United States District Court, D. Montana, Great Falls Division
FINDINGS AND RECOMMENDATIONS OF UNITED STATES
JOHNSTON, UNITED STATES MAGISTRATE JUDGE.
January 12, 2018, Defendants North Valley County Water and
Sewer District, Leon M. Pearce, Jerry Ketchum, Robert Esaias,
Cody James Tribby, Gary V. Callantine, and Alex Esteves
(“Defendants”) filed a Motion for Summary
Judgment, arguing that the abstention doctrine set forth in
Younger v. Harris, 401 U.S. 37 (1971), precludes the
relief sought by Plaintiff Terry-Lee (“Mr.
Terry-Lee”). (Doc. 85). On January 24, 2018, Mr.
Terry-Lee filed an “Objection to and Take Exception to
Defendants[sic] Motion for Summary Judgment, ” which
the Court construes as a response brief. (Doc. 92).
Defendants filed their reply brief on February 7, 2018. (Doc.
96). The issue has been fully briefed and is ripe for
adjudication. Based on the foregoing, Defendants' Motion
for Summary Judgment should be granted.
January 15, 2015, Mr. Terry-Lee was charged in Valley County
Justice Court for theft of services, and was convicted on
June 5, 2015. (Doc. 87 at ¶1).Mr. Terry-Lee appealed his
conviction to the 17th Judicial District for the State of
Montana, Valley County, and was again convicted in Valley
County District Court on January 31, 2017. (Id.
¶¶3, 9). Subsequently, Mr. Terry-Lee appealed his
case to the Montana Supreme Court. On January 16, 2018, the
Montana Supreme Court upheld Mr. Terry-Lee's conviction.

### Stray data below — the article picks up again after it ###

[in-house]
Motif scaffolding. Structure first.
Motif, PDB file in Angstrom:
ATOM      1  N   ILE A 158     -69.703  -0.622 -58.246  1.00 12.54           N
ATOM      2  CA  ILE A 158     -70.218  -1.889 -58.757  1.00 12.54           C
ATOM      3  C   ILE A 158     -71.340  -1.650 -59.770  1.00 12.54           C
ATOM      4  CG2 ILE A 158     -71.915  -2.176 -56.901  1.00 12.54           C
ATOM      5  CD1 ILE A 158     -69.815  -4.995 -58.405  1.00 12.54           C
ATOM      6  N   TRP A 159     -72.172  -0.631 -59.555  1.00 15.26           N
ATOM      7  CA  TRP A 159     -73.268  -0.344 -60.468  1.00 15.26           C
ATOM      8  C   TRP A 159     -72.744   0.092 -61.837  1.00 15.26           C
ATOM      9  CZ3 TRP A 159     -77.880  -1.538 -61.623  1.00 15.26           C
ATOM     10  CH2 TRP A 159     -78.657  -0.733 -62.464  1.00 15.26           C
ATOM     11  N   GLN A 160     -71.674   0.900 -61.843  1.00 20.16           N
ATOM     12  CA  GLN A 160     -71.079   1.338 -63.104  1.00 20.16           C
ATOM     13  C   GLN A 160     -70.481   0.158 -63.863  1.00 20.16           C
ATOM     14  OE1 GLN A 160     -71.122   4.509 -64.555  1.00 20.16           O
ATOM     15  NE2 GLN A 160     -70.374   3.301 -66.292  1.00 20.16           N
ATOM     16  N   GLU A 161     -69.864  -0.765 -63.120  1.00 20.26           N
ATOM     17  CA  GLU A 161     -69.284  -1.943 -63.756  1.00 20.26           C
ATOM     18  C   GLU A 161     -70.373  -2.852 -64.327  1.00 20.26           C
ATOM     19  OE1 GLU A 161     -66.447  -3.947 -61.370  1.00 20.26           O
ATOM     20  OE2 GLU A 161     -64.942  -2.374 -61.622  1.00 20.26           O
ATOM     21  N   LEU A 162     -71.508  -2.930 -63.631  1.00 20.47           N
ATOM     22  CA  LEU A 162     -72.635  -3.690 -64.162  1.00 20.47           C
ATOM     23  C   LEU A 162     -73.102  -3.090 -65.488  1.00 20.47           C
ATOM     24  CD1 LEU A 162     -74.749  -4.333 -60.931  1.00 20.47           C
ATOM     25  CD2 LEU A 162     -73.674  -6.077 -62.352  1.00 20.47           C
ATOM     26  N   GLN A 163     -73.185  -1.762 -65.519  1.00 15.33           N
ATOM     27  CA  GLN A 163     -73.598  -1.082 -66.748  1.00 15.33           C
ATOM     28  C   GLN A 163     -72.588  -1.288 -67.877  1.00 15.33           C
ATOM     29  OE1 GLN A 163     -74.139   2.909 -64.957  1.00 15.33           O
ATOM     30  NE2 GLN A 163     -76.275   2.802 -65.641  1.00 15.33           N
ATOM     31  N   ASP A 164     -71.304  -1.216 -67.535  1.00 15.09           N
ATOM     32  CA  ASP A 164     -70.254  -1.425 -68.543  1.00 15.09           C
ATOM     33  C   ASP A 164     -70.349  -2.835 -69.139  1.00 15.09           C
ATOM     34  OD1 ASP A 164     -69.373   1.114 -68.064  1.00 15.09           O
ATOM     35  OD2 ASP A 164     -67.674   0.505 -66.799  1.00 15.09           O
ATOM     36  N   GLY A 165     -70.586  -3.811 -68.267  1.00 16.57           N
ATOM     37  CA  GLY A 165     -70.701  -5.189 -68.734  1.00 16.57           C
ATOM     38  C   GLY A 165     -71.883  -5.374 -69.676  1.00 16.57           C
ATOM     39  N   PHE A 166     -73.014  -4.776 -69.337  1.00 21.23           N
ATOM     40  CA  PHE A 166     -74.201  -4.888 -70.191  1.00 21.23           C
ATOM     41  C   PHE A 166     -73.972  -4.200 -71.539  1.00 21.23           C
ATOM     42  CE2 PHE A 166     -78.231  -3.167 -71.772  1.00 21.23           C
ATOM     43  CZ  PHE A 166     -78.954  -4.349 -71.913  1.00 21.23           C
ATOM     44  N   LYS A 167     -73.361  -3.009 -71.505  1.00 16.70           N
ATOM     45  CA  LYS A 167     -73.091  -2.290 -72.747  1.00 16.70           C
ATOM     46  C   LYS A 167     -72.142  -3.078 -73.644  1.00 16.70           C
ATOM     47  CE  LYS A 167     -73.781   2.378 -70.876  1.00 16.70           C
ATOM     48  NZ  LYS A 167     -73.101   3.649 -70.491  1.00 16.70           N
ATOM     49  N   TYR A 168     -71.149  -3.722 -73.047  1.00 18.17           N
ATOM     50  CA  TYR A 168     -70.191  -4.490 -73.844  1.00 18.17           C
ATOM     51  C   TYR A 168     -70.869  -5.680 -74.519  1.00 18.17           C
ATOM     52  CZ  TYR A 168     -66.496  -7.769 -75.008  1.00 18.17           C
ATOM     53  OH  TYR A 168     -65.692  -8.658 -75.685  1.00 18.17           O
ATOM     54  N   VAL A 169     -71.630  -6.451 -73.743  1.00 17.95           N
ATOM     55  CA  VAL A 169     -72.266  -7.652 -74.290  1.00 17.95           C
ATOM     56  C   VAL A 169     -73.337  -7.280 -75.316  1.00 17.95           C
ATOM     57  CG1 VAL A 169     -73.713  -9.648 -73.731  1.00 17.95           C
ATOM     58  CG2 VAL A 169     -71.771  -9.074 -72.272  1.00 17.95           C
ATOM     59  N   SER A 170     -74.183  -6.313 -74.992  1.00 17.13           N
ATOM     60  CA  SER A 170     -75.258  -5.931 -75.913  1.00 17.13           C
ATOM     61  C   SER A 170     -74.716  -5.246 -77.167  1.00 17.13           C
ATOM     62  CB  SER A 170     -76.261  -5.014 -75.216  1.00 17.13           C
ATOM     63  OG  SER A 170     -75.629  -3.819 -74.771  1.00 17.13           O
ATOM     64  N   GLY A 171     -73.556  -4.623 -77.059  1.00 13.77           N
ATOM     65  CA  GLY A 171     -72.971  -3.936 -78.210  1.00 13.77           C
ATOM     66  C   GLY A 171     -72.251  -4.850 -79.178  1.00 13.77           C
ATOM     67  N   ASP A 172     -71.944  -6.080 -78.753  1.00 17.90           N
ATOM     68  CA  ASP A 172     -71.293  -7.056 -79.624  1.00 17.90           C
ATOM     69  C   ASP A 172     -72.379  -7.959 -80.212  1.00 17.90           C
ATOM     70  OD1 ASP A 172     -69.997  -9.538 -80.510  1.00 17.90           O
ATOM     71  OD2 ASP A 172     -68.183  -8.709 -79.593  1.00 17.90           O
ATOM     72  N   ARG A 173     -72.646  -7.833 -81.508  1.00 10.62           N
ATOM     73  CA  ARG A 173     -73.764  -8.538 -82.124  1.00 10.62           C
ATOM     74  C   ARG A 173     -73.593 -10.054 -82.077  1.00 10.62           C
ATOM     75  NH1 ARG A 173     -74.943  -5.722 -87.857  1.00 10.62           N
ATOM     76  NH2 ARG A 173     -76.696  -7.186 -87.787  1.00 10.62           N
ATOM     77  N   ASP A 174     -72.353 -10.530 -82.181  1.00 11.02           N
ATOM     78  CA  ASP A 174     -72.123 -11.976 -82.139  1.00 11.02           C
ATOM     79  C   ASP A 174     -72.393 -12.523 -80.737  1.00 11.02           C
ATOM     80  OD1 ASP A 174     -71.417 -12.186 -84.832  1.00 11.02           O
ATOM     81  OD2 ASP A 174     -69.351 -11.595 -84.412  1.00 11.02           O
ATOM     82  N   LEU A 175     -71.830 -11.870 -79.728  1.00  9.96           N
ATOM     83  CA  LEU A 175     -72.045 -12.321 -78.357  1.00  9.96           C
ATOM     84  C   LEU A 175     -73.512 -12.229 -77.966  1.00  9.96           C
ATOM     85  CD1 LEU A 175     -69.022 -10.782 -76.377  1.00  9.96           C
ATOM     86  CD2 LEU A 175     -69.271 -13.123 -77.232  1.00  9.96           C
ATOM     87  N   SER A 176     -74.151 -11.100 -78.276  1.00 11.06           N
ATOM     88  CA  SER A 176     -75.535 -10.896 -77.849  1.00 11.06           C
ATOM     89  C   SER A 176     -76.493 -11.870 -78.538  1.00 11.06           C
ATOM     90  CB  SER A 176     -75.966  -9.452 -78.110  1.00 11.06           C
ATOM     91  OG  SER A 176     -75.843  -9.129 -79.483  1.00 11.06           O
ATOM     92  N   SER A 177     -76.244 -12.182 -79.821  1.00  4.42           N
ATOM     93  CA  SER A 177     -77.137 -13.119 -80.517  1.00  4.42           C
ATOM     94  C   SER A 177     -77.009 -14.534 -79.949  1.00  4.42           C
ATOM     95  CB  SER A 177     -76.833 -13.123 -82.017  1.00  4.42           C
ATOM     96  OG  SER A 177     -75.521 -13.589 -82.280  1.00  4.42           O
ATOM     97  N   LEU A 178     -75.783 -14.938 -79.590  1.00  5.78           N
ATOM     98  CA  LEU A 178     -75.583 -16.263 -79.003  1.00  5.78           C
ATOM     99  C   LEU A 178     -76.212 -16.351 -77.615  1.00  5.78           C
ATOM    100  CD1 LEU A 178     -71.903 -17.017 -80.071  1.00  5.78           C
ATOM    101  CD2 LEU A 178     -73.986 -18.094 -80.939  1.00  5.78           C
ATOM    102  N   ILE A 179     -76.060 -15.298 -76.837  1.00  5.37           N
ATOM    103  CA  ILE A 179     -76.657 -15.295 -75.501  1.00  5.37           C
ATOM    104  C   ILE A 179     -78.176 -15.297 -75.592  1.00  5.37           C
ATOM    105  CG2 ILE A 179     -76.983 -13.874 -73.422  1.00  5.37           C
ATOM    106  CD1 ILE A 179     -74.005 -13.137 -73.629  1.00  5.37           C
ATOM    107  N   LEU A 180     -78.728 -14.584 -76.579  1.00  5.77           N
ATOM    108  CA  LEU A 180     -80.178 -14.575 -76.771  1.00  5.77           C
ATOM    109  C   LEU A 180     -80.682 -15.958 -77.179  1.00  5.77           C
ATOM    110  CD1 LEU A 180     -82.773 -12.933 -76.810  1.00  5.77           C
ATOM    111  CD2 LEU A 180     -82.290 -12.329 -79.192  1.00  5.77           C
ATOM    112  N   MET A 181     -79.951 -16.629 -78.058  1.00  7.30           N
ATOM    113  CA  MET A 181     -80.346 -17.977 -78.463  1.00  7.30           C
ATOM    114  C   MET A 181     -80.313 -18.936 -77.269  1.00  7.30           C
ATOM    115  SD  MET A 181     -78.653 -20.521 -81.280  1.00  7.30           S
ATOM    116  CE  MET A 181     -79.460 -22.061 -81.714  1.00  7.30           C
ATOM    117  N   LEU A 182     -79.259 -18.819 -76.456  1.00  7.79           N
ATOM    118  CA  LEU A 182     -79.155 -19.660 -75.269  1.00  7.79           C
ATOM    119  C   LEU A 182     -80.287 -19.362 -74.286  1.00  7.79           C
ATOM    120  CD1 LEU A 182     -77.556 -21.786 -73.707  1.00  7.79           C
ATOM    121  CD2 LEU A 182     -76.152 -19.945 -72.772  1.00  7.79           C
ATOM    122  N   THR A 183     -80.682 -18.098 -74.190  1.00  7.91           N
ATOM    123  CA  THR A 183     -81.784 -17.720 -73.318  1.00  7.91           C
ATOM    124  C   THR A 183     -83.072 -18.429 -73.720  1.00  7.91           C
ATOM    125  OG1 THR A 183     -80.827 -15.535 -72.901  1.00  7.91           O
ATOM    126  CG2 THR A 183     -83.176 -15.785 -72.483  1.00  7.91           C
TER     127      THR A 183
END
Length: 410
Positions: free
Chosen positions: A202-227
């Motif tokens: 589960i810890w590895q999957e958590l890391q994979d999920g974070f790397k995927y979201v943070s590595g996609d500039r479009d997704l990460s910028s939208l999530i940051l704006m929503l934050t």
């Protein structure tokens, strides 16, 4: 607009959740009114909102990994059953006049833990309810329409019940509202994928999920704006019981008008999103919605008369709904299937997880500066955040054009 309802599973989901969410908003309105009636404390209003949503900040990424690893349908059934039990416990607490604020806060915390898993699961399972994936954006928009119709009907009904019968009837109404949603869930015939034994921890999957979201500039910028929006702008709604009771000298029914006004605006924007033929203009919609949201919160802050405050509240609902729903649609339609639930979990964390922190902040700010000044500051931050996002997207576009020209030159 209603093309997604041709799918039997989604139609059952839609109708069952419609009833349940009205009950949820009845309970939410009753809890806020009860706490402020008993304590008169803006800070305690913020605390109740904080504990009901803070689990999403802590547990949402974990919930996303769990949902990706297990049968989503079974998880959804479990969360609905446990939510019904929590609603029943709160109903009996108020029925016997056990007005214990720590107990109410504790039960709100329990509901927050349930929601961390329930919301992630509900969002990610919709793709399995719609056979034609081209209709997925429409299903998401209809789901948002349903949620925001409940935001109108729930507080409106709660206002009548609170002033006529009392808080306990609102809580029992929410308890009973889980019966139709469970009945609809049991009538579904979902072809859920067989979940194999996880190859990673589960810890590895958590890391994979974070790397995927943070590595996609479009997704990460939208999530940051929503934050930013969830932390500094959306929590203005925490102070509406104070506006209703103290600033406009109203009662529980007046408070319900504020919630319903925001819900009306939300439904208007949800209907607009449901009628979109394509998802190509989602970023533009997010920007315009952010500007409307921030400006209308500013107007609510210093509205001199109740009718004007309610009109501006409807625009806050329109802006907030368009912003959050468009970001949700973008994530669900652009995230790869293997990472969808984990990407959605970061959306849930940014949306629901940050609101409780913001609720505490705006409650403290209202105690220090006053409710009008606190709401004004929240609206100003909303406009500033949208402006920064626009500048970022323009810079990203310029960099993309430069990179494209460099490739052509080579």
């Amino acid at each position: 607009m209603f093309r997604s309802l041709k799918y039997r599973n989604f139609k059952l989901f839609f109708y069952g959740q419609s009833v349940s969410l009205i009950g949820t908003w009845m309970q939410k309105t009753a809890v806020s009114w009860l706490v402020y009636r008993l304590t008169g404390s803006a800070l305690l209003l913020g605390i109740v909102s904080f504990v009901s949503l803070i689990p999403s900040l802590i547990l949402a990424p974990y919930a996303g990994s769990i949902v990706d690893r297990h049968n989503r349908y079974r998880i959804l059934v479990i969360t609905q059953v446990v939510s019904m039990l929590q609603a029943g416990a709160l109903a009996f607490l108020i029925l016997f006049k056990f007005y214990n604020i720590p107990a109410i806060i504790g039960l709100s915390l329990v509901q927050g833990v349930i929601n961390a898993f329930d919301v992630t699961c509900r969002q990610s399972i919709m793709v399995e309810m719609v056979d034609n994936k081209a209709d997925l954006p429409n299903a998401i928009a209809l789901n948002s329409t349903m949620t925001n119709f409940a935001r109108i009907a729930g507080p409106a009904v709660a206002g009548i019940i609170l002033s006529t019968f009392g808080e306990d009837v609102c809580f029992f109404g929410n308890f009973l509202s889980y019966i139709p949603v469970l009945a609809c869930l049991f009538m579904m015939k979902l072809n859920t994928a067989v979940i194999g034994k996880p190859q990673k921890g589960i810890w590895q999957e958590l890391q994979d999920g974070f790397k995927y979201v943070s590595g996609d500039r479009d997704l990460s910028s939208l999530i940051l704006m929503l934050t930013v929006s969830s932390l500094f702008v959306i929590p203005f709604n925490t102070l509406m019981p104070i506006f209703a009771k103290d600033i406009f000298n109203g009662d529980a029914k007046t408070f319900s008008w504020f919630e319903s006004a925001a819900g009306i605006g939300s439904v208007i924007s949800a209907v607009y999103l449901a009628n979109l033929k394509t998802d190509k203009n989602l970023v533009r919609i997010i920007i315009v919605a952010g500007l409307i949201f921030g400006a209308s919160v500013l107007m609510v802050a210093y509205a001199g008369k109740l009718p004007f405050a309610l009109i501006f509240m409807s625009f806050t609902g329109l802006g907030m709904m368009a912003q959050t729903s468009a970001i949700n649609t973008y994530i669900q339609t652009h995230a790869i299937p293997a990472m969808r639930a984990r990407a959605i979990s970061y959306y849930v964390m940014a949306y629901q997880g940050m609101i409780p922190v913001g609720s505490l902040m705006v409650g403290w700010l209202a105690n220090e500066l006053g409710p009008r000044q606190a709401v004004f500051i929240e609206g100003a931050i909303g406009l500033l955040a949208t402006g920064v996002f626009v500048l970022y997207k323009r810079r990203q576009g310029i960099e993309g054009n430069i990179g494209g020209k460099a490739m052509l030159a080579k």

State v. Terrance Lee Brauner, a/k/a Terry-Lee, 2018
WL 417289, 2018 MT 12N. On January 29, 2018, Mr. Terry-Lee
filed an objection and a petition for rehearing, which is
still pending in the Montana Supreme Court. See
Motion to Reconcider[sic] by Appellant, Jan. 29, 2018, DA
on June 3, 2015, Mr. Terry-Lee also filed a Complaint in the
United States District Court for the District of Montana,
Great Falls Division. (Doc. 1). On September 23, 2015, Mr.
Terry-Lee filed an Amended Complaint. (Doc. 40). In his
Complaint, Mr. Terry-Lee alleges that the defendants violated
his Fourth Amendment right to privacy, his Fourteenth
Amendment right to “equal protection of the laws,
” and his right to due process under the Fourth, Fifth,
and Fourteenth Amendments, as well as not being
“informed of the Nature and Cause of the Accusations in
violation of the Sixth Amendment.” (Id. at
4-9). Mr. Terry-Lee requests this Court to “provide
injunctive relief by putting a halt to everything that is
happening in state court in this matter” and that the
Court provide declaratory relief, in which the Court would
affirmatively declare that Mr. Terry-Lee's constitutional
rights were violated as set forth in his Amended Complaint.
(Id. at 12).
Fed.R.Civ.P. 56(a), the party moving for summary judgment
must “show that there is no genuine issue as to any
material fact and that the movant is entitled to judgment as
a matter of law.” After the moving party satisfies this
burden, a court may enter summary judgment against a
non-moving party “who fails to make a showing
sufficient to establish the existence of an element essential
to that party's case, and on which that party will bear
the burden of proof at trial.” Celotex Corp. v.
Catrett, 477 U.S. 317, 322 (1986). The party opposing
the motion “may not rest upon the mere allegations or
denials of his pleading, but . . . must set forth specific
facts showing that there is a genuine issue for trial.”
Anderson v. Liberty Lobby, Inc., 477 U.S. 242, 248
(1986). Moreover, “mere allegations and speculation do
not create a factual dispute for purposes of summary